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Mastering Historic Renovation Projects

View of windows during a historic renovation construction project.

Three key steps for successful historic preservation projects.

Breathing new life into historic buildings bridges the gap between the past and the present. These structures give neighborhoods character, reflecting the culture and craftsmanship of their time. They also help us reduce waste and conserve resources. However, it takes skilled expertise and experience to handle the delicate nature of these projects effectively. Throughout our company tenure, we’ve completed several historic renovation projects. Here are three key steps we’ve learned to ensure project success.

Collaborate Early. Collaborate Often.

As with any major project, but especially with a historic renovations, it’s a collaborative effort by all stakeholders. It’s paramount to have an established team from the very beginning. And each person must understand their roles and responsibilities as well as the project’s objectives, timeline and deliverables.

We’ve learned that engaging with a representative from your local historical organization is crucial. Keeping them informed about the project from the beginning can earn the support you need throughout the project. Another good idea is to engage a historic consultant to champion the required project documentation.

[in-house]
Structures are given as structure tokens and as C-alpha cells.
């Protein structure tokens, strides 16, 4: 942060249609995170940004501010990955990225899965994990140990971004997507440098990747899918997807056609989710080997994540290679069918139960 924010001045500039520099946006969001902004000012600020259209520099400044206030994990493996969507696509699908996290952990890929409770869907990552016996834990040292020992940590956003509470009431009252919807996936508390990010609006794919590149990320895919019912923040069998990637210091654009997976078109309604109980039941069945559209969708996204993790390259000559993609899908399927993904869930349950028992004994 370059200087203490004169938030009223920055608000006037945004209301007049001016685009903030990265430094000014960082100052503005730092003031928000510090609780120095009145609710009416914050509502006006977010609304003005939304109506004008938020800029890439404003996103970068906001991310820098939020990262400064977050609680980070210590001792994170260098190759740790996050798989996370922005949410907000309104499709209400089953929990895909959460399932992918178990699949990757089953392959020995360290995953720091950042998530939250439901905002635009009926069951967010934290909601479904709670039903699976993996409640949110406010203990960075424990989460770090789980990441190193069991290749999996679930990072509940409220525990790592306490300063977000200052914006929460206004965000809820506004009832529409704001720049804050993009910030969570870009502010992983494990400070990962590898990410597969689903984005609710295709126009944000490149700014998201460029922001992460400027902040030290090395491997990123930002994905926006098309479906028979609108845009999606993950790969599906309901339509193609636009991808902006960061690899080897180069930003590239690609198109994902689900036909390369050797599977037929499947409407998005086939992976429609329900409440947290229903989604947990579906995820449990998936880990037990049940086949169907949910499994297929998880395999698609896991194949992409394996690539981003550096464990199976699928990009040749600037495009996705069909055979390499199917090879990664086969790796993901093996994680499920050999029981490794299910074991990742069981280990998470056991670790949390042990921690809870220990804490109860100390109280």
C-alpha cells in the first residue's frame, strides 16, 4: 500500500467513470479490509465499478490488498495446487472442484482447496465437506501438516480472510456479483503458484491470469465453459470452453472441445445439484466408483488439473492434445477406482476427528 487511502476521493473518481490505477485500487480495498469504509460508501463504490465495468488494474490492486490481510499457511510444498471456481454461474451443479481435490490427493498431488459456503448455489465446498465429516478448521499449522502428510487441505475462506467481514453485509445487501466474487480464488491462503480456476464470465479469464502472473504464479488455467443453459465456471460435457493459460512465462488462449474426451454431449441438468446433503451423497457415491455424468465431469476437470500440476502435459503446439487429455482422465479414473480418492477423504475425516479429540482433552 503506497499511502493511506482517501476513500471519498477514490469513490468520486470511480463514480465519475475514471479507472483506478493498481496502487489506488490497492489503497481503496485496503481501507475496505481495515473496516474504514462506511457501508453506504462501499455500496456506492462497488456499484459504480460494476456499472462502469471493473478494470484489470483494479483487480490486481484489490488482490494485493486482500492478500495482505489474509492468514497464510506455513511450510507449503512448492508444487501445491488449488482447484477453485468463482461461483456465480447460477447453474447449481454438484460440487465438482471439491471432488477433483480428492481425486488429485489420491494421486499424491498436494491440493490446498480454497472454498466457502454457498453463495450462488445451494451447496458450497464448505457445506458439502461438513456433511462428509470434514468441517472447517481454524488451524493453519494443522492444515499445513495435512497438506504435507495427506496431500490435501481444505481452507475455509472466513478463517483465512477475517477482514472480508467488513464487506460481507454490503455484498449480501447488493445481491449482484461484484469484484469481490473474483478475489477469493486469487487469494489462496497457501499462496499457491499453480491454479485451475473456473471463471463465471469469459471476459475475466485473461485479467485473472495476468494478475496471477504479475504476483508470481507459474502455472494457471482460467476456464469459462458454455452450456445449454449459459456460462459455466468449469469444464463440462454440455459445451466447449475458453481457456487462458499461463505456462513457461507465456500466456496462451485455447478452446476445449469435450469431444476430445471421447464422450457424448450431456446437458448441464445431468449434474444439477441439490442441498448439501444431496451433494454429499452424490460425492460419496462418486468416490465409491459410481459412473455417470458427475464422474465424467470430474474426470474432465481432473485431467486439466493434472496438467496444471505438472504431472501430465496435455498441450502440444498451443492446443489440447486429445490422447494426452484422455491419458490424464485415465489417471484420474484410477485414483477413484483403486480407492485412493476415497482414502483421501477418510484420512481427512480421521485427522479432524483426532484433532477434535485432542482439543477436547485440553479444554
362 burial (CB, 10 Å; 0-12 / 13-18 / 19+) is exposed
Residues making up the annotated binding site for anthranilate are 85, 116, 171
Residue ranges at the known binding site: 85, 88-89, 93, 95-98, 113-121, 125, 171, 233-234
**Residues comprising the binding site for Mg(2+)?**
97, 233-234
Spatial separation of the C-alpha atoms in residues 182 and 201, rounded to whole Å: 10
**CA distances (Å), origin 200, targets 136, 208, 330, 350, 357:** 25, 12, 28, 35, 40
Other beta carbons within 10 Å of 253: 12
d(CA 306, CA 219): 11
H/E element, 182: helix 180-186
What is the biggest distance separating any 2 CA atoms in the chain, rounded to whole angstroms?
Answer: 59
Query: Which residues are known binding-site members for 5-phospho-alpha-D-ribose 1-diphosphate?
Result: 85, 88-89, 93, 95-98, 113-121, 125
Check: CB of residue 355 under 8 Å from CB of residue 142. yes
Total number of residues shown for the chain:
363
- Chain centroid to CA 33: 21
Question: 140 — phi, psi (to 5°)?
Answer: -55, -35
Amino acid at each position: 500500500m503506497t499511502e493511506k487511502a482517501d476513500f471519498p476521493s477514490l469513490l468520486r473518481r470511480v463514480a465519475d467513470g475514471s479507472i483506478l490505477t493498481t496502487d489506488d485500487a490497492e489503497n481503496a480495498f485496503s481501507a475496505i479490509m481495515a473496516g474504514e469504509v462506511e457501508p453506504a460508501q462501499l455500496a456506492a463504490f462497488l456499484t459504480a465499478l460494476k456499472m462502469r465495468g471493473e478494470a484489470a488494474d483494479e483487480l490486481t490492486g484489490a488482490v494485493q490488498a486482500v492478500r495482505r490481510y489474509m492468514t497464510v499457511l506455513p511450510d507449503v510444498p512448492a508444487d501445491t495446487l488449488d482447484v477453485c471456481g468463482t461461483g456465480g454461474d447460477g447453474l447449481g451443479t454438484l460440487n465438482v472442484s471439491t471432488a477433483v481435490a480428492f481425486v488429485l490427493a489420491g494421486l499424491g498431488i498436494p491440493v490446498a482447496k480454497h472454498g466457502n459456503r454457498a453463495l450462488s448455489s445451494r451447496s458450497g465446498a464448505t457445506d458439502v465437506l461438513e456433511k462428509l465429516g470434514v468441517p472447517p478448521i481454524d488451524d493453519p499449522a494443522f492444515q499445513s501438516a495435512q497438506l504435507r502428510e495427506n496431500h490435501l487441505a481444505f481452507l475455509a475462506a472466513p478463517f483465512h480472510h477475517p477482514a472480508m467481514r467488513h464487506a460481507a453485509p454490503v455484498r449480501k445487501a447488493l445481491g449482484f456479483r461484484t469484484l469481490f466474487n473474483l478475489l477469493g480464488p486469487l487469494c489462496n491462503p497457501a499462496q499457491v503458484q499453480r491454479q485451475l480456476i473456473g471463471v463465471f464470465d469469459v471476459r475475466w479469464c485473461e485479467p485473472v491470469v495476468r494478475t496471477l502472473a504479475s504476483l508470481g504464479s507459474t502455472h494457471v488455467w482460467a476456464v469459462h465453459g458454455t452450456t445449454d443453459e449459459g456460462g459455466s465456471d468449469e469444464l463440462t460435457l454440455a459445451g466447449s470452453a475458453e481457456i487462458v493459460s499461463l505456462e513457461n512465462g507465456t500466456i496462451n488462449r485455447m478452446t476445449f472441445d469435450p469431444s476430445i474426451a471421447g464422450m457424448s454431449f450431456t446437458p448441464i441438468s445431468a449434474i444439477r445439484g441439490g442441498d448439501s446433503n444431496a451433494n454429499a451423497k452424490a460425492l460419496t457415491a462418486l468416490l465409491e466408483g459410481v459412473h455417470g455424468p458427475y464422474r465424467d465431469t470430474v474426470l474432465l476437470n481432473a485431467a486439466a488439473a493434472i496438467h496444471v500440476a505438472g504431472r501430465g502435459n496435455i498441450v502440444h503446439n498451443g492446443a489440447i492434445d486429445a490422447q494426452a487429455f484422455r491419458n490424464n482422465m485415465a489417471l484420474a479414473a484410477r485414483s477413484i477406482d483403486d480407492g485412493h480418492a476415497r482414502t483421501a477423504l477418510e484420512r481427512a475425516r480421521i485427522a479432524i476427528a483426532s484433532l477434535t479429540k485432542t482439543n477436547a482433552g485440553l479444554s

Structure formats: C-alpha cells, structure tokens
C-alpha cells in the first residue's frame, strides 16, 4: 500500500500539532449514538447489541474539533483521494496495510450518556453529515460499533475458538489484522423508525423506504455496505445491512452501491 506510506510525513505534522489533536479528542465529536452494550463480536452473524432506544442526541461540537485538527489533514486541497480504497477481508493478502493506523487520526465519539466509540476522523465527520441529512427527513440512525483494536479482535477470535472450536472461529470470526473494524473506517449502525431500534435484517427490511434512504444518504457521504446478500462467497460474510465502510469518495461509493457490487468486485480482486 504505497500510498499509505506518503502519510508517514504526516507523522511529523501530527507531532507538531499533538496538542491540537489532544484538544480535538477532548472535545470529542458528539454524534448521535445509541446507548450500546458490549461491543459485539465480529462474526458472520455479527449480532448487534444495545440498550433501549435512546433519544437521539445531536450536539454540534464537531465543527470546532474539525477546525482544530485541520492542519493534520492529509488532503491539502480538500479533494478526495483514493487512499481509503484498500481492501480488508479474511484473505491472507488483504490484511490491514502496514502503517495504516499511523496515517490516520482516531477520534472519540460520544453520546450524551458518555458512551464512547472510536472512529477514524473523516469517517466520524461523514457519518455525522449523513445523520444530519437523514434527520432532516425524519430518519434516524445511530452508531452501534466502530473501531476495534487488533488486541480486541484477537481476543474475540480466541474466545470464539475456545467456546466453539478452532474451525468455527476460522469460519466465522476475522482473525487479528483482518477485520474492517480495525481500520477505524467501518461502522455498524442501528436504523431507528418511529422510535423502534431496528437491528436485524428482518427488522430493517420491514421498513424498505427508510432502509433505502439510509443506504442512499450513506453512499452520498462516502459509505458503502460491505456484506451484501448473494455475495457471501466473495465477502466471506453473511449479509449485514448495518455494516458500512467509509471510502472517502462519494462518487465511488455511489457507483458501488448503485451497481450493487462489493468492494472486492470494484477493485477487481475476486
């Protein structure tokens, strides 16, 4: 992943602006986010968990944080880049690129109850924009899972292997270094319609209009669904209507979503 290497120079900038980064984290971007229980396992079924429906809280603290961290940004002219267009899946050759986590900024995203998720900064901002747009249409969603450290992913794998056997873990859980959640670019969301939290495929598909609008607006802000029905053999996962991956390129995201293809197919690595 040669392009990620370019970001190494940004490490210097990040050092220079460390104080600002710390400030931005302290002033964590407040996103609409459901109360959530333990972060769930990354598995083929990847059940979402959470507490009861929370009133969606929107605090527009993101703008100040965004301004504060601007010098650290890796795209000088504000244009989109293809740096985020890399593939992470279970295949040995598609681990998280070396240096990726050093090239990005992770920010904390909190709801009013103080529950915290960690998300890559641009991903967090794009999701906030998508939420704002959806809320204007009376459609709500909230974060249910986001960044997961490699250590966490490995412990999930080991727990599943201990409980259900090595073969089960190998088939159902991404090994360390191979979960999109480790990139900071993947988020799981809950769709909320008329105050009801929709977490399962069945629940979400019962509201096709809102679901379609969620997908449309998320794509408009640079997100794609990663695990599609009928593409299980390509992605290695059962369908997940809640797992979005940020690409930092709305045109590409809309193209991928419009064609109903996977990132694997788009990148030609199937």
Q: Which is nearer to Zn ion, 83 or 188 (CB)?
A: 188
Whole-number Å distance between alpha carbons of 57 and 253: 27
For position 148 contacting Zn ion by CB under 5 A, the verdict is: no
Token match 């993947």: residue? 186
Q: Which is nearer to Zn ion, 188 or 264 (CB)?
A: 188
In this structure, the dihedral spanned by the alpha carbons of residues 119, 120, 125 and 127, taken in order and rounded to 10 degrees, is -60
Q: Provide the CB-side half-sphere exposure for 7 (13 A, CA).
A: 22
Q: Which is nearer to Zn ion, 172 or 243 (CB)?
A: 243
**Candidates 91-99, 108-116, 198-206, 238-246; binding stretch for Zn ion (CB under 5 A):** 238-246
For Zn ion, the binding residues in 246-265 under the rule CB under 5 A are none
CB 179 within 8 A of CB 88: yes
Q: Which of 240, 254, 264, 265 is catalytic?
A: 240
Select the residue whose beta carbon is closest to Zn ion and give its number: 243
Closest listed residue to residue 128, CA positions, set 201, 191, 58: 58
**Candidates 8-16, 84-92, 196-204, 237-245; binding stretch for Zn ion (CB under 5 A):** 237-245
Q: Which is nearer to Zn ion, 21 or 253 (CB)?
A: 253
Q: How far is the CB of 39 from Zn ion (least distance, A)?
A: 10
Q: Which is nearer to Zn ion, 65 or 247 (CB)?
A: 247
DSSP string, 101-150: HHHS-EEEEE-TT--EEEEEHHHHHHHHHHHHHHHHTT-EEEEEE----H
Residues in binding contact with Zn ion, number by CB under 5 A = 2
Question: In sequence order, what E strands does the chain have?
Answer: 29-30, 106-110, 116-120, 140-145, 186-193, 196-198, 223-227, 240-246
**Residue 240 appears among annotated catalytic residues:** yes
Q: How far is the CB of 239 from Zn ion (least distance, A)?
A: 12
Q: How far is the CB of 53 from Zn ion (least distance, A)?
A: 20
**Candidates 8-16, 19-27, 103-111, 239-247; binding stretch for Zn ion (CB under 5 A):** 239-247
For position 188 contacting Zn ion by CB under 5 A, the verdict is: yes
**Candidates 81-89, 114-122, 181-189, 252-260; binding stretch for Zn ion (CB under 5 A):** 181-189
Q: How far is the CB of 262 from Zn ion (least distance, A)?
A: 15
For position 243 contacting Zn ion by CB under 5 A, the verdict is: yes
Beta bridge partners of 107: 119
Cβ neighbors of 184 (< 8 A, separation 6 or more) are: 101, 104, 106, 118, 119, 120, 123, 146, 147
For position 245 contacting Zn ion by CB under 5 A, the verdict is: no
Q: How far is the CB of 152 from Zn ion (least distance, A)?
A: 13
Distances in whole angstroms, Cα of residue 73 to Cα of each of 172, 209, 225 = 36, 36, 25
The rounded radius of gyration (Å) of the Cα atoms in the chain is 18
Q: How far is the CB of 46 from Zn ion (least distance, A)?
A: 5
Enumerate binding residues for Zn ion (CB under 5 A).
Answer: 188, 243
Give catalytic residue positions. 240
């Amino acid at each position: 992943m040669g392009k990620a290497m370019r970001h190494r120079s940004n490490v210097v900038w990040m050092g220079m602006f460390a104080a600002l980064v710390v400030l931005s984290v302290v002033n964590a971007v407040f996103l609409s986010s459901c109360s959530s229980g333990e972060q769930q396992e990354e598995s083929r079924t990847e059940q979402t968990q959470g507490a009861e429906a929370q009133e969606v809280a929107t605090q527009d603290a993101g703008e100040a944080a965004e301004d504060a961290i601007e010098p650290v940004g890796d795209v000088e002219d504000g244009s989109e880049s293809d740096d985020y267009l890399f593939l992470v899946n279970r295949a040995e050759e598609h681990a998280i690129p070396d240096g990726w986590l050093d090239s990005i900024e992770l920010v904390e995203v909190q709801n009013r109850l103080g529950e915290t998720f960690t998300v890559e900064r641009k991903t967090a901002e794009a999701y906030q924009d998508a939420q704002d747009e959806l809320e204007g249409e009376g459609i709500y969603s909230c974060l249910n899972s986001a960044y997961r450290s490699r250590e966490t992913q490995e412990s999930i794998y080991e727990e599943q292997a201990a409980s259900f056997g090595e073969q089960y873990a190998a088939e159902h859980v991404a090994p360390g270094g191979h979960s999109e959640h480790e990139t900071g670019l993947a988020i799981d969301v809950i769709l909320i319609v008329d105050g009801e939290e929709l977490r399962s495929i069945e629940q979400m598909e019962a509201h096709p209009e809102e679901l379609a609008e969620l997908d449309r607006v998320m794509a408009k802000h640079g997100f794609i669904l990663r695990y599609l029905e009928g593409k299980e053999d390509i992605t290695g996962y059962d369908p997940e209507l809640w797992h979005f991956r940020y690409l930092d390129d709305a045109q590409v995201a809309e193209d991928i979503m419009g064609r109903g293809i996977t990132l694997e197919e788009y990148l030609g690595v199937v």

Understanding the Scope.

Once the stakeholders and team have a thorough understanding of the historic makeup of the building and what’s required to preserve, it’s important to evaluate ways to protect historic elements without impacting the functionality of the finished space. Take existing flooring. Elements such as wood, tile or terrazzo can be historically significant to the structure, but don’t fit the intended use. So, an option is to overlay the flooring with alternate materials using a bond breaker. This preserves the historic flooring but ensures the flooring is functional for today’s needs.

Additionally, it’s important to proceed with demolition scopes as early as possible. This helps uncover any unknown or unforeseen conditions that could impact the overall scope, budget or timeline. Common instances include a floor or roof structure covered with finishes preventing an accurate analysis of damage or decay.

Specializing Where it Matters.

We’ve found it important to bring on a masonry and tuckpointing specialist early. That way they can weigh in on options, schedule and overall timeline. Since brickwork and masonry are prominent in historic buildings, it ensures we allocate the proper time and effort to the historic preservation.

Another area that’s never too early to start is windows. To maintain the historic integrity, it’s important to know the guidance on window replacement. If replacement is necessary, knowing the options and availability is helpful. Windows are large cost to a project and typically experience long lead times, so it’s critical to know as early as possible.

Restoring historic buildings is more than just construction; it’s about preserving our heritage and connecting our communities to the past. By following these key steps, we ensure each historic renovation project preserves the essence of history while adapting to modern needs.

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